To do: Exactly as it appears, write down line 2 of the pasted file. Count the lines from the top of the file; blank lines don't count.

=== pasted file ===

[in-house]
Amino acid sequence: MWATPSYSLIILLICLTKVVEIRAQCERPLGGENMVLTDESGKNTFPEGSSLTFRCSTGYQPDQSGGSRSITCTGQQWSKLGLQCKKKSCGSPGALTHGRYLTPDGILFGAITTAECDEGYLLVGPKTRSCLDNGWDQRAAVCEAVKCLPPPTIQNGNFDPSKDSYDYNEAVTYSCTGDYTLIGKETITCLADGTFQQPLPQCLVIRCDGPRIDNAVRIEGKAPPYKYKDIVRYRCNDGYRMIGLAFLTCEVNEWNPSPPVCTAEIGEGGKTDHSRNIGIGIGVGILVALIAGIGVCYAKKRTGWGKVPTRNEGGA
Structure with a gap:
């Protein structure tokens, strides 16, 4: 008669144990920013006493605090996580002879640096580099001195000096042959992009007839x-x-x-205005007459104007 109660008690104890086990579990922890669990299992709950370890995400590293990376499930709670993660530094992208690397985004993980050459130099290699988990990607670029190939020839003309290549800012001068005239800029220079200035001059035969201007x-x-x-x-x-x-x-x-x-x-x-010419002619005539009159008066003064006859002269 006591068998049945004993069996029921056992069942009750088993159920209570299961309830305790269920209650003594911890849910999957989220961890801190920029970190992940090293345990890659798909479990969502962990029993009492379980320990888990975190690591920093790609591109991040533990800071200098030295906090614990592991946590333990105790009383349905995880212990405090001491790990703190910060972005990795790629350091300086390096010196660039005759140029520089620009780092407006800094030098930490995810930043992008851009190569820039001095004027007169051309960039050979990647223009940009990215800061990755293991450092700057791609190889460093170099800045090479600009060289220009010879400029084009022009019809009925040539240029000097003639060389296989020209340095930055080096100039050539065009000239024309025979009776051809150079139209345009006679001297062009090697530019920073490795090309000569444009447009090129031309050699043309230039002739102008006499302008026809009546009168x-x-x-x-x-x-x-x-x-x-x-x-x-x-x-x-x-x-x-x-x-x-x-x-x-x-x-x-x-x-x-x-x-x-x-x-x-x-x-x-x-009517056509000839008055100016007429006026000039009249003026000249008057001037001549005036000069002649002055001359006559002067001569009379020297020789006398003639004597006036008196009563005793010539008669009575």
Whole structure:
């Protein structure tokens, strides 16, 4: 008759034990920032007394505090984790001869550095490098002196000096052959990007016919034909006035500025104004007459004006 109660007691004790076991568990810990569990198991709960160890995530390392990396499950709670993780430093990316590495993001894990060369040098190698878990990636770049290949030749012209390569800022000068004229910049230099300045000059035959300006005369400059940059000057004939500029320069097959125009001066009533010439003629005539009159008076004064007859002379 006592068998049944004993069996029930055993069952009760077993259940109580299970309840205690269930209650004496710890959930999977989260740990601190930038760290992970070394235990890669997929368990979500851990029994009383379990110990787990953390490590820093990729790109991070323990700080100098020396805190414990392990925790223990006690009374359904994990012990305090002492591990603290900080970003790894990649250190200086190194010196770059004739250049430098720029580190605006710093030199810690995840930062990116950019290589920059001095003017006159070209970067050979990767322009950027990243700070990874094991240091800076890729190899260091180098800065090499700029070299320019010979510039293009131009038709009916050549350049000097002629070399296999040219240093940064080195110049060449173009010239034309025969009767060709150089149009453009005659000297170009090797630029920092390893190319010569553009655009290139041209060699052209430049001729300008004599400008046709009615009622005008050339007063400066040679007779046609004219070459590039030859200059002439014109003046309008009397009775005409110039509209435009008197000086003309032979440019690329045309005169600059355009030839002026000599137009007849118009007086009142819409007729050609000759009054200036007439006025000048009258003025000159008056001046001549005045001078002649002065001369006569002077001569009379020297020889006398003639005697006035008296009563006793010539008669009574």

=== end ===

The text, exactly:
Amino acid sequence: MWATPSYSLIILLICLTKVVEIRAQCERPLGGENMVLTDESGKNTFPEGSSLTFRCSTGYQPDQSGGSRSITCTGQQWSKLGLQCKKKSCGSPGALTHGRYLTPDGILFGAITTAECDEGYLLVGPKTRSCLDNGWDQRAAVCEAVKCLPPPTIQNGNFDPSKDSYDYNEAVTYSCTGDYTLIGKETITCLADGTFQQPLPQCLVIRCDGPRIDNAVRIEGKAPPYKYKDIVRYRCNDGYRMIGLAFLTCEVNEWNPSPPVCTAEIGEGGKTDHSRNIGIGIGVGILVALIAGIGVCYAKKRTGWGKVPTRNEGGA